Gazprom's unconstrained rating corresponds to the mid 'A' rating category. This takes into account (i) the company's strong business profile as it remains the major natural gas supplier to Europe; (ii) its relatively low leverage; (iii) high profitability of operations even under lower oil prices; and (iv) access to domestic funding and sound liquidity. At the same time, Gazprom's unconstrained rating includes the two-notch discount for higher corporate governance and systemic risks typical for Russian companies. Gazprom's IDR is also constrained by Russia's current 'BBB-/Negative' rating to reflect the high level of influence that the state exerts over the company.
The moderate deterioration of Gazprom's financial metrics expected in 2015-17 stemming from lower oil prices, and lower sales to Europe in 1H15 do not put much pressure on Gazprom's unconstrained credit profile in line with the 'through-the-cycle' rating approach normally practiced by Fitch.
Fitch's key assumptions within the agency's rating case for the issuer include:
- Fitch's Brent price deck: $55/bbl in 2015, $65 in 2016, $75 in 2017 and $80 in the long term.
- Flat European gas volumes and lower Russian and FSU gas volumes.
- European gas prices follow Brent with a six to nine month lag.
- USD/RUB exchange rate: RUB 60 per U.S. dollar in 2015, RUB 55 in 2016, RUB 50 in the long term.
- Gazprom's capex at around $30 billion p.a.
Negative: Future developments that may, individually or collectively, lead to negative rating action include:
- Negative rating action on Russia, stemming from a financial sector instability, depressed oil prices, faster than forecast international reserves, intensification of sanctions and/or geopolitical tensions (for more details see 'Fitch Affirms Russia at 'BBB-'; Outlook Negative', dated 3 July 2015 at www.fitchratings.com).
- Material deterioration of credit metrics, e.g., FFO net adjusted leverage above 2.5x and FFO interest cover of below 8x on a sustained basis due to a prolonged decline in oil and gas prices, an aggressive capex programme or sizable acquisitions. Fitch's base case forecast indicates that FFO net adjusted leverage will be broadly within 1x-1.5x and FFO interest cover of above 10x in 2015-2019.
- Significantly falling gas sales to Europe (not offset by gas sales to China and/or LNG production).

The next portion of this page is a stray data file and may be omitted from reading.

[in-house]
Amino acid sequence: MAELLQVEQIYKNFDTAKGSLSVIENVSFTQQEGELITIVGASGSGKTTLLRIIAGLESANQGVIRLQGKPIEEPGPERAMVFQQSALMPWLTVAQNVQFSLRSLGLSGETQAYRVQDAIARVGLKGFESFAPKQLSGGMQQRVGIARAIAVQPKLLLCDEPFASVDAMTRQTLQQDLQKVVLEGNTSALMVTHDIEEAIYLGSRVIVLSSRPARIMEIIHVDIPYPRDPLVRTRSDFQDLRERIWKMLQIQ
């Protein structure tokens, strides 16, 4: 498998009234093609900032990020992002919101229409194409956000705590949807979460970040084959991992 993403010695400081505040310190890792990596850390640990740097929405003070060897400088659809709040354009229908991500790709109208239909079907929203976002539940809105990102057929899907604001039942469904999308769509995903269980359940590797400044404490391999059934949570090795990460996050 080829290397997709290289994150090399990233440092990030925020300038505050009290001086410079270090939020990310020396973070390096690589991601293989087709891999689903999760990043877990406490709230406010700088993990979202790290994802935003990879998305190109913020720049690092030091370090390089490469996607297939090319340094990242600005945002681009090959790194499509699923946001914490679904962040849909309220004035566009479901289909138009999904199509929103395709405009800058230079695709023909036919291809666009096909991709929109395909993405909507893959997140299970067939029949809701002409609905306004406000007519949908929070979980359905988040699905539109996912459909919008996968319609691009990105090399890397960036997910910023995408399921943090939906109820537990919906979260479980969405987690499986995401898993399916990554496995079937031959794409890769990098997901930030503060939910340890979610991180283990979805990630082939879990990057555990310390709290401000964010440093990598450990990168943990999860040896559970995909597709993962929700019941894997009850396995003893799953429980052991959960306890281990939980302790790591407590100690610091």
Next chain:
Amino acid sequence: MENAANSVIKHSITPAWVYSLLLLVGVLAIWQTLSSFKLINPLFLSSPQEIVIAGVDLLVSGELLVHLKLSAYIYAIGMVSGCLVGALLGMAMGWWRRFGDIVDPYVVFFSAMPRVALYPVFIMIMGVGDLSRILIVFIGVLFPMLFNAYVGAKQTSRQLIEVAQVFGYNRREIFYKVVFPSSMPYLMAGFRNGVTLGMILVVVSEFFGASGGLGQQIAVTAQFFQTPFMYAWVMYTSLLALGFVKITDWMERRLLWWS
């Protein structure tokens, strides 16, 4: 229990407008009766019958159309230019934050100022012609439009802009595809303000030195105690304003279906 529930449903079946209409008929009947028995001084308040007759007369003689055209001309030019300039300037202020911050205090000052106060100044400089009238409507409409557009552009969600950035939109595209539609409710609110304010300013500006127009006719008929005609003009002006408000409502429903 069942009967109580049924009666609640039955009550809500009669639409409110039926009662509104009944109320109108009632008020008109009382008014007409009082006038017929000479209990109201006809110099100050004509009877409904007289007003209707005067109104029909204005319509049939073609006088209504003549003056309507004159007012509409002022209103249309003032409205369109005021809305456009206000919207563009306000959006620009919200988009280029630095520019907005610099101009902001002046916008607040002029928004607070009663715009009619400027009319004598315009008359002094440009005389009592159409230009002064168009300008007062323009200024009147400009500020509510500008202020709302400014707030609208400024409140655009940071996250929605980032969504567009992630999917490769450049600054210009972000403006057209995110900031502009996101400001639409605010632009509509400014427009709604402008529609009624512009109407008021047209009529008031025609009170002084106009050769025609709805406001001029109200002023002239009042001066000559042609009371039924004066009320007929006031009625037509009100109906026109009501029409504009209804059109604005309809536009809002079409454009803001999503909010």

- Prolonged interruptions in gas transit via Ukraine to Europe.
- Deteriorated liquidity.
Positive: Future developments that may, individually or collectively, lead to positive rating action include:
- An upgrade is unlikely at present, given the sovereign's rating and Outlook. The Outlook on Russia and hence on Gazprom could be revised to Stable should tensions with the international community reduce, resulting in a lower risk of wide-ranging sanctions being imposed and improved access to international funding.
Strong Liquidity, Comfortable Maturities
At 31 March 2015 (latest available IFRS accounts) Gazprom had RUB 1,228 billion in cash and short-term investments, more than sufficient to cover RUB 509 billion of short-term debt on that date. Gazprom and its subsidiaries continue to have unhindered access to domestic banks, while eurobond issuance have largely stalled. In 2014-1Q15 it placed RUB 15 billion domestic bonds and $700 million loan participation notes, and raised more than RUB 125 billion from Russian banks, mainly state-controlled.
Sanctions Limit Funding Options
While Gazprom is currently exempt from financial sanctions and can technically borrow in the West, its oil subsidiary JSC Gazprom Neft (BBB-/Negative) is subject to U.S. and EU financial and sectoral sanctions. Fitch views broader sanctions against Gazprom (e.g. those targeting with the current supply of oil and gas from Russia) as unlikely given Europe's high dependence on Russian gas.
The rating actions are as follows:
Long-term foreign currency IDR: affirmed at 'BBB-', Negative Outlook
Long-term local currency IDR: affirmed at 'BBB-', Negative Outlook
Foreign currency senior unsecured rating: affirmed at 'BBB-'
Short-term foreign currency IDR: affirmed at 'F3'
National Long-term rating: affirmed at 'AAA(rus)', Outlook Stable
Gaz Capital S.A.
$40 billion debt issuance programme and the notes issued thereunder
Foreign currency senior unsecured rating: affirmed at 'BBB-'
OOO Gazprom Capital
Debt issuance programme and the notes issued thereunder
Local currency senior unsecured rating: affirmed at 'BBB-'
National senior unsecured rating: affirmed at 'AAA(rus)'
Gazprom ECP SA
Affirmed at 'F3'